Wednesday, September 22, 2010

A tale of two economies: it's all in the figures, Guv

"Yes, I think it is going to be a two-speed economy . . . I think all those issues of geographical differences and industry differences are likely to re-emerge with a vengeance. The relative price of resources is high, that of manufactures is low. There are structural adjustment implications of this for our economy . . . they will, I think, probably intensify in the years ahead."

- Reserve Bank governor Glenn Stevens, February 19

"While some events can lead to a divergence in economic conditions across Australia, overall these differences have not been especially large in recent times . . . What is remarkable, in fact, is that the differences are not, in the end, larger."

- Reserve Bank governor Glenn Stevens, September 20.

IN MY next life, I want to be a central bank governor. People fawn on you, whatever you say is taken as gospel, and others rarely challenge it.

In Shepparton on Monday, Glenn Stevens had two messages. The first was to restate the Reserve's big-picture view of the future: a "fairly robust" mining-driven upswing ahead, requiring monetary policy action, better known as interest rate rises.

No argument there. Far more striking is the blunt language in the minutes of the Reserve board's September meeting, declaring that if that big picture is right, "it was likely that higher interest rates would be required". That means soon.

But his second message was more tendentious. The Reserve chief played down the risk of that resources boom dividing Australia into a two-speed economy. Indeed, he tried to persuade his audience that this hadn't happened, and wouldn't happen.

The only evidence he presented was a handful of graphs demonstrating that over a 10-year or 15-year time period, movements in prices and unemployment rates had differed less in the six Australian states than in the 50 states of the US or the 27 countries of the European Union. You don't say. I wonder if that might have something to do with the fact that states are always more alike than countries. Or that six units of anything offer less scope for differences than 27 or 50.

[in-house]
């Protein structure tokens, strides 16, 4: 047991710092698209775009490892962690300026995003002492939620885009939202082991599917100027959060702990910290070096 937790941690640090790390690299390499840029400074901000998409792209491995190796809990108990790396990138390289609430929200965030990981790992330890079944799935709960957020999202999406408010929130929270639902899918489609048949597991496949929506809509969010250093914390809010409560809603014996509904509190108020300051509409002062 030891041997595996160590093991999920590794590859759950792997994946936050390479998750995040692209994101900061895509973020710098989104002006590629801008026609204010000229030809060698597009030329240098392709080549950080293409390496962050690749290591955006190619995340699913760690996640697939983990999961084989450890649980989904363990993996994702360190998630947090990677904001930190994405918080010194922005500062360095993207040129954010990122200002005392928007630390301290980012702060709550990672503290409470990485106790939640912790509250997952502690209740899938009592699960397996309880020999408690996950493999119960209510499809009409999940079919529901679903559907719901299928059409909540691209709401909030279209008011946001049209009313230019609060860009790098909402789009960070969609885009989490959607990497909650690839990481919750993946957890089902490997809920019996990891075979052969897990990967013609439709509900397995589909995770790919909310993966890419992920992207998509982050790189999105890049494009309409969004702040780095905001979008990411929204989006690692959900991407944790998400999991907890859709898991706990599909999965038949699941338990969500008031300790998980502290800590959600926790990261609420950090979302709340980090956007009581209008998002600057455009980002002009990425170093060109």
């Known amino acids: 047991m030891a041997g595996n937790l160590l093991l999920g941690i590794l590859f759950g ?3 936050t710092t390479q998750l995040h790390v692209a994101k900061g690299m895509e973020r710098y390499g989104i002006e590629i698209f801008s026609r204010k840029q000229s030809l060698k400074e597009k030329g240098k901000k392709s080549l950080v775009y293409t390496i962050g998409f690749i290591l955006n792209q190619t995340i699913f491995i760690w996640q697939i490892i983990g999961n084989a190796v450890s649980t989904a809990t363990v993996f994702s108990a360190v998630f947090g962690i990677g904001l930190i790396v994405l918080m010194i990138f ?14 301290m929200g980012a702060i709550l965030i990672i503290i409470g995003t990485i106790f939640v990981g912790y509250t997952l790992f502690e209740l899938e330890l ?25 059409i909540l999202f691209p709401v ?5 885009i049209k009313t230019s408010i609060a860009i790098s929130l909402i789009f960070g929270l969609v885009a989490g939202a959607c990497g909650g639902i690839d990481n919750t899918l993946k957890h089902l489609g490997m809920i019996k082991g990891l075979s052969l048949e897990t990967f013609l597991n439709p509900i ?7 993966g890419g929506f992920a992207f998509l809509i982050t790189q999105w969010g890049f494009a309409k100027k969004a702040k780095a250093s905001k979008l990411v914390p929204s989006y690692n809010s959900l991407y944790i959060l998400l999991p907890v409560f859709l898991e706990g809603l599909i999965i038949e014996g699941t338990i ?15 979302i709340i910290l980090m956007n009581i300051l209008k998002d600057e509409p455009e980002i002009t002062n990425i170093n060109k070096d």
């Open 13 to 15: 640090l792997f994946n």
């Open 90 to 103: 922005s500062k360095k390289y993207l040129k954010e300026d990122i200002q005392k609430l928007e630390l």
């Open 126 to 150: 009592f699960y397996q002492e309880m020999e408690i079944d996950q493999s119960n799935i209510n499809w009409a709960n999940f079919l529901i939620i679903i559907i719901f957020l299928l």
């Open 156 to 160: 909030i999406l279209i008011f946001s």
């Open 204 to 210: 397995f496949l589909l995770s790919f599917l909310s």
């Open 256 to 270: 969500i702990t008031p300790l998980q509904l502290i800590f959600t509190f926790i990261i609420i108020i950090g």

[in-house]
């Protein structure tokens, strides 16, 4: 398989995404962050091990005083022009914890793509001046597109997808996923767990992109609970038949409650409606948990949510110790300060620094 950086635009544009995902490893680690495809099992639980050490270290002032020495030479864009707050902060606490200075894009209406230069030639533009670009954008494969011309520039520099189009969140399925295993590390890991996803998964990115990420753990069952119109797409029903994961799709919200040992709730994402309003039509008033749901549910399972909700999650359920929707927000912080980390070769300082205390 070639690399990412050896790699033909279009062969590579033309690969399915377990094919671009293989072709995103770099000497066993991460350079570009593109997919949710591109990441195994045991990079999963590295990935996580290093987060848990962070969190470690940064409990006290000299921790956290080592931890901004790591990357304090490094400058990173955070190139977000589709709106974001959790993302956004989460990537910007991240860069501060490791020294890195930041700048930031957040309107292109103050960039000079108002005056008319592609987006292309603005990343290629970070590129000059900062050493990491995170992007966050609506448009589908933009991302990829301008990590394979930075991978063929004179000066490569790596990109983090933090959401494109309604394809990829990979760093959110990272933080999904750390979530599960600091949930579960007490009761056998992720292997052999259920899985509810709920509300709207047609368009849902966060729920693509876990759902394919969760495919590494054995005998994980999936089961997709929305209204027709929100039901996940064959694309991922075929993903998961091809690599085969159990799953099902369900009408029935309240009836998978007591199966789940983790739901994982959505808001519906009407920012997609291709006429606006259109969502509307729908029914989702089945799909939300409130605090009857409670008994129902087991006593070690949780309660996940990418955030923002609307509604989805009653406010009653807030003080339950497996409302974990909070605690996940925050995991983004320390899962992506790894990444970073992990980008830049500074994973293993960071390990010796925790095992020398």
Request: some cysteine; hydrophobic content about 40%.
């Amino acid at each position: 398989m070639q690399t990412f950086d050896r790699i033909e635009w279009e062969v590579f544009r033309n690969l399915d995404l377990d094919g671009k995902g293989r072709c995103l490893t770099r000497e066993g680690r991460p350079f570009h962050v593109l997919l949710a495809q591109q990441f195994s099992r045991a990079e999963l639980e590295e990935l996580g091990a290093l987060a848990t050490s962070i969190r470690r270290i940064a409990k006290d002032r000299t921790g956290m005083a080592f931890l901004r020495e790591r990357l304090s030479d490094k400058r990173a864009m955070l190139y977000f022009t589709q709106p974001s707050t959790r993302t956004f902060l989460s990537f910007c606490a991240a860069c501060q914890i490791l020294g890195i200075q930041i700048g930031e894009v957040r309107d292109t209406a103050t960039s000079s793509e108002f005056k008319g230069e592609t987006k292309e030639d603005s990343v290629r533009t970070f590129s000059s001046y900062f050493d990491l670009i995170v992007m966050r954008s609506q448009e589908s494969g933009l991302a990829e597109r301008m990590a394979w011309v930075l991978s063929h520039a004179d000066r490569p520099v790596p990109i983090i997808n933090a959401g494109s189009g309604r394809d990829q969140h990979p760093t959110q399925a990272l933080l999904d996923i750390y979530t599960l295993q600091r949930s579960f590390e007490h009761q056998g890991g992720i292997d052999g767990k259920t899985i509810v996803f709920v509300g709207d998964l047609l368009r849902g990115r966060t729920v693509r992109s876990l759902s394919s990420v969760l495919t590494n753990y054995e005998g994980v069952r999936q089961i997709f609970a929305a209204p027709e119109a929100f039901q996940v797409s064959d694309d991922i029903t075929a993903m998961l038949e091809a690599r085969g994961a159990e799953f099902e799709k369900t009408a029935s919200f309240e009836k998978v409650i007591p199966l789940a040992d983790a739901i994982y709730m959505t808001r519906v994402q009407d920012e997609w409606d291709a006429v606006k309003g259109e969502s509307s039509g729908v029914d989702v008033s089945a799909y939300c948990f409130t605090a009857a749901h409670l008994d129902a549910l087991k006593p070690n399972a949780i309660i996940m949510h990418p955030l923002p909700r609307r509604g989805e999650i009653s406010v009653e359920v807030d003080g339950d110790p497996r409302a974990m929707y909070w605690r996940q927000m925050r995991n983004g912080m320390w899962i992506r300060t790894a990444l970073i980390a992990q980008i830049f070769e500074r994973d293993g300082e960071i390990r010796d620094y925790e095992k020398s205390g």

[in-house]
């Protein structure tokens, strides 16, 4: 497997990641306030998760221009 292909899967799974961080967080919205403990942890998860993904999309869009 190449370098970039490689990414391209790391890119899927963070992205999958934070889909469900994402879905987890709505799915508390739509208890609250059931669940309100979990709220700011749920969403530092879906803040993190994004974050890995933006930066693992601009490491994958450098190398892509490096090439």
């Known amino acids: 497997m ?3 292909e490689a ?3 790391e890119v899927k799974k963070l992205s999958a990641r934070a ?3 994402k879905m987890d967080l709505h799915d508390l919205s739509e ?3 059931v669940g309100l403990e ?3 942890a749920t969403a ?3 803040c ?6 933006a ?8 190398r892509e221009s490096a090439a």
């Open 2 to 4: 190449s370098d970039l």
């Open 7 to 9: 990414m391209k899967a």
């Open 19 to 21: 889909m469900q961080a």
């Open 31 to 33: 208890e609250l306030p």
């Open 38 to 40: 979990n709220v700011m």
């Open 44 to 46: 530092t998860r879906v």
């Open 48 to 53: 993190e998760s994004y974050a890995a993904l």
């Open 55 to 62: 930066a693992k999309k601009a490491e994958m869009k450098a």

The Guv's choice of time frame also missed the point. We were not a two-speed economy 10 or 15 years ago. This emerged in the past five years, as mining investment and export revenues grew exponentially, the Reserve responded by driving up interest rates, which drove up the dollar, which made significant parts of our manufacturing, agricultural and tourism industries uncompetitive.

That is why the two-speed economy became an issue. It is why we in Victoria fear the consequences of an even larger mining boom, and an even higher dollar, ahead.

It is why Stevens himself warned just seven months ago that the problems of a two-speed economy "are likely to re-emerge with a vengeance" and "will probably intensify in the years ahead".

Look at the data for the past five years, as shown in the adjoining table, and you see why. Inflation, on average, was within the Reserve's band of 2 to 3 per cent in NSW, Victoria, South Australia and Tasmania. Only in the resource states was it over the Reserve's limit, yet that dictated interest rates for us all.

Or look at where the demand pressures on the economy were generated. In round figures, demand grew 45 per cent in WA, but 18 per cent in Victoria and NSW, and even less in SA and Tasmania. The overheating the Reserve feared did not happen here, yet the Reserve's response to it higher interest rates and a higher dollar pushed businesses here to the brink. Or take average weekly earnings: growth in WA over the past five years was almost double the growth in Victoria. The overheating was not happening here.

Take industry growth: over the five years to 2009-10, manufacturing output actually fell, albeit marginally, while growth in the hotels and restaurants sector averaged just 0.1 per cent a year. That's the real cost of a mining boom, and it's what people fear ahead.

Remember: the slowdown in the Australian economy began in the first half of 2008. It was not a consequence of the global slump: it began as our export revenue soared to a new high. It was the consequence of the Reserve's interest rate rises and the higher dollar they created.

Our fear is that is going to happen again now, with a vengeance, and intensify as Glenn Stevens forecast in February. The new Glenn should listen to the old one.